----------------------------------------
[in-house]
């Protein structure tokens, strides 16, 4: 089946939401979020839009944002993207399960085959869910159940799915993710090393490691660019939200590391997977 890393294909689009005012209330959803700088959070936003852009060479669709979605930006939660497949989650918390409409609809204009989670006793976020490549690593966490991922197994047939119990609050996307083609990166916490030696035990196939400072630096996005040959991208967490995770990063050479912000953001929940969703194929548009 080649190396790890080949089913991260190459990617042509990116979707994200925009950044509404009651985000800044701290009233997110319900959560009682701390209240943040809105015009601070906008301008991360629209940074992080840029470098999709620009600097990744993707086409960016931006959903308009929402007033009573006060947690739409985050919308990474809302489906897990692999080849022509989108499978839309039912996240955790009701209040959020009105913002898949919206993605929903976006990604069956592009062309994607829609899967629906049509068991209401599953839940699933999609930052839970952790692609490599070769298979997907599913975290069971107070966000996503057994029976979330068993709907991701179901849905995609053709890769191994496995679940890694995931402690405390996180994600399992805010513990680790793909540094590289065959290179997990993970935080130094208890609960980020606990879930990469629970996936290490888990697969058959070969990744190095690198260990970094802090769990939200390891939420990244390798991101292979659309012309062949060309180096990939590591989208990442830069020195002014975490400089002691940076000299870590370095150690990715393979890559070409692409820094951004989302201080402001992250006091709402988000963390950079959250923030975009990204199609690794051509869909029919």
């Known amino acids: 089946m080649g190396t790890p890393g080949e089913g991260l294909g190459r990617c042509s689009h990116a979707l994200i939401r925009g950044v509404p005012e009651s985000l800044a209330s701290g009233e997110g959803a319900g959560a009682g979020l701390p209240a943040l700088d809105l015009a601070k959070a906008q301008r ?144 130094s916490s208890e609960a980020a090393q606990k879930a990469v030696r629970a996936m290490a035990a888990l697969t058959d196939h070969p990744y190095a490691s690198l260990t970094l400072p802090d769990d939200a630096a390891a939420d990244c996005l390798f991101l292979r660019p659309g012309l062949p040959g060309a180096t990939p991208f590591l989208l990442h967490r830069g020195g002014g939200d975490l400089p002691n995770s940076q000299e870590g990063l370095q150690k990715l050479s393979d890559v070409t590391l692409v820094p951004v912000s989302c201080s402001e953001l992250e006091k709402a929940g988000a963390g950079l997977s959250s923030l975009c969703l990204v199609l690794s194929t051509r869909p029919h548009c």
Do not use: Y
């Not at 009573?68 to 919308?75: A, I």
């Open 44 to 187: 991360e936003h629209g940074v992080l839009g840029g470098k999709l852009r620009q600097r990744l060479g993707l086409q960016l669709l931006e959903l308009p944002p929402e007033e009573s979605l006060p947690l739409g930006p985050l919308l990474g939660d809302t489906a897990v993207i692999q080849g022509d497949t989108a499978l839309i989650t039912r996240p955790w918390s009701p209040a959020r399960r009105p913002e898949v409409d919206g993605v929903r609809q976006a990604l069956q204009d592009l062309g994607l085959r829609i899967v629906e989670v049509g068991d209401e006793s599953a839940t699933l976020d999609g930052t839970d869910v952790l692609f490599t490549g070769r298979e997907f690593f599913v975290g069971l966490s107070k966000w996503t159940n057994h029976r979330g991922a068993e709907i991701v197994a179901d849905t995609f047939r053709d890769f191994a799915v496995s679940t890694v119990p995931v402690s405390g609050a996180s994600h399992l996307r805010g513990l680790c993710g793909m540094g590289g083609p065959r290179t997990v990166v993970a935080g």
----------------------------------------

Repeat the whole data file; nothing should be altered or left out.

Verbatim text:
[in-house]
């Protein structure tokens, strides 16, 4: 089946939401979020839009944002993207399960085959869910159940799915993710090393490691660019939200590391997977 890393294909689009005012209330959803700088959070936003852009060479669709979605930006939660497949989650918390409409609809204009989670006793976020490549690593966490991922197994047939119990609050996307083609990166916490030696035990196939400072630096996005040959991208967490995770990063050479912000953001929940969703194929548009 080649190396790890080949089913991260190459990617042509990116979707994200925009950044509404009651985000800044701290009233997110319900959560009682701390209240943040809105015009601070906008301008991360629209940074992080840029470098999709620009600097990744993707086409960016931006959903308009929402007033009573006060947690739409985050919308990474809302489906897990692999080849022509989108499978839309039912996240955790009701209040959020009105913002898949919206993605929903976006990604069956592009062309994607829609899967629906049509068991209401599953839940699933999609930052839970952790692609490599070769298979997907599913975290069971107070966000996503057994029976979330068993709907991701179901849905995609053709890769191994496995679940890694995931402690405390996180994600399992805010513990680790793909540094590289065959290179997990993970935080130094208890609960980020606990879930990469629970996936290490888990697969058959070969990744190095690198260990970094802090769990939200390891939420990244390798991101292979659309012309062949060309180096990939590591989208990442830069020195002014975490400089002691940076000299870590370095150690990715393979890559070409692409820094951004989302201080402001992250006091709402988000963390950079959250923030975009990204199609690794051509869909029919």
């Known amino acids: 089946m080649g190396t790890p890393g080949e089913g991260l294909g190459r990617c042509s689009h990116a979707l994200i939401r925009g950044v509404p005012e009651s985000l800044a209330s701290g009233e997110g959803a319900g959560a009682g979020l701390p209240a943040l700088d809105l015009a601070k959070a906008q301008r ?144 130094s916490s208890e609960a980020a090393q606990k879930a990469v030696r629970a996936m290490a035990a888990l697969t058959d196939h070969p990744y190095a490691s690198l260990t970094l400072p802090d769990d939200a630096a390891a939420d990244c996005l390798f991101l292979r660019p659309g012309l062949p040959g060309a180096t990939p991208f590591l989208l990442h967490r830069g020195g002014g939200d975490l400089p002691n995770s940076q000299e870590g990063l370095q150690k990715l050479s393979d890559v070409t590391l692409v820094p951004v912000s989302c201080s402001e953001l992250e006091k709402a929940g988000a963390g950079l997977s959250s923030l975009c969703l990204v199609l690794s194929t051509r869909p029919h548009c």
Do not use: Y
């Not at 009573?68 to 919308?75: A, I």
């Open 44 to 187: 991360e936003h629209g940074v992080l839009g840029g470098k999709l852009r620009q600097r990744l060479g993707l086409q960016l669709l931006e959903l308009p944002p929402e007033e009573s979605l006060p947690l739409g930006p985050l919308l990474g939660d809302t489906a897990v993207i692999q080849g022509d497949t989108a499978l839309i989650t039912r996240p955790w918390s009701p209040a959020r399960r009105p913002e898949v409409d919206g993605v929903r609809q976006a990604l069956q204009d592009l062309g994607l085959r829609i899967v629906e989670v049509g068991d209401e006793s599953a839940t699933l976020d999609g930052t839970d869910v952790l692609f490599t490549g070769r298979e997907f690593f599913v975290g069971l966490s107070k966000w996503t159940n057994h029976r979330g991922a068993e709907i991701v197994a179901d849905t995609f047939r053709d890769f191994a799915v496995s679940t890694v119990p995931v402690s405390g609050a996180s994600h399992l996307r805010g513990l680790c993710g793909m540094g590289g083609p065959r290179t997990v990166v993970a935080g």